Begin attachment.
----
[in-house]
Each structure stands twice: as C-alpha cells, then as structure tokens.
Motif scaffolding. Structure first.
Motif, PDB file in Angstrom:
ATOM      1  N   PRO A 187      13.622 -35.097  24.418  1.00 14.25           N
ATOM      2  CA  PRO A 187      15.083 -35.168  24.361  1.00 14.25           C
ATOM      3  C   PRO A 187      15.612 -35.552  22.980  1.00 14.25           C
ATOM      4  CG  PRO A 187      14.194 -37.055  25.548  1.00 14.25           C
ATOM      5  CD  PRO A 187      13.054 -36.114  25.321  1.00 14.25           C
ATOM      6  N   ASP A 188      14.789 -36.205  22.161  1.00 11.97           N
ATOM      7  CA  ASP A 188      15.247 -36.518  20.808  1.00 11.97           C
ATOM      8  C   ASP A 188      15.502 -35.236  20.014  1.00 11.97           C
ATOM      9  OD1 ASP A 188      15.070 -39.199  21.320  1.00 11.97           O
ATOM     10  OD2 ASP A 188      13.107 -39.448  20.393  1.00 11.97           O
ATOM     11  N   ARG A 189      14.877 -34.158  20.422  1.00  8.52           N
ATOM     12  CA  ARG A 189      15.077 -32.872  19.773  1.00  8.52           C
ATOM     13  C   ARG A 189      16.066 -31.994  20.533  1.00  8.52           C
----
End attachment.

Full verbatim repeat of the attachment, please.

[in-house]
Each structure stands twice: as C-alpha cells, then as structure tokens.
Motif scaffolding. Structure first.
Motif, PDB file in Angstrom:
ATOM      1  N   PRO A 187      13.622 -35.097  24.418  1.00 14.25           N
ATOM      2  CA  PRO A 187      15.083 -35.168  24.361  1.00 14.25           C
ATOM      3  C   PRO A 187      15.612 -35.552  22.980  1.00 14.25           C
ATOM      4  CG  PRO A 187      14.194 -37.055  25.548  1.00 14.25           C
ATOM      5  CD  PRO A 187      13.054 -36.114  25.321  1.00 14.25           C
ATOM      6  N   ASP A 188      14.789 -36.205  22.161  1.00 11.97           N
ATOM      7  CA  ASP A 188      15.247 -36.518  20.808  1.00 11.97           C
ATOM      8  C   ASP A 188      15.502 -35.236  20.014  1.00 11.97           C
ATOM      9  OD1 ASP A 188      15.070 -39.199  21.320  1.00 11.97           O
ATOM     10  OD2 ASP A 188      13.107 -39.448  20.393  1.00 11.97           O
ATOM     11  N   ARG A 189      14.877 -34.158  20.422  1.00  8.52           N
ATOM     12  CA  ARG A 189      15.077 -32.872  19.773  1.00  8.52           C
ATOM     13  C   ARG A 189      16.066 -31.994  20.533  1.00  8.52           C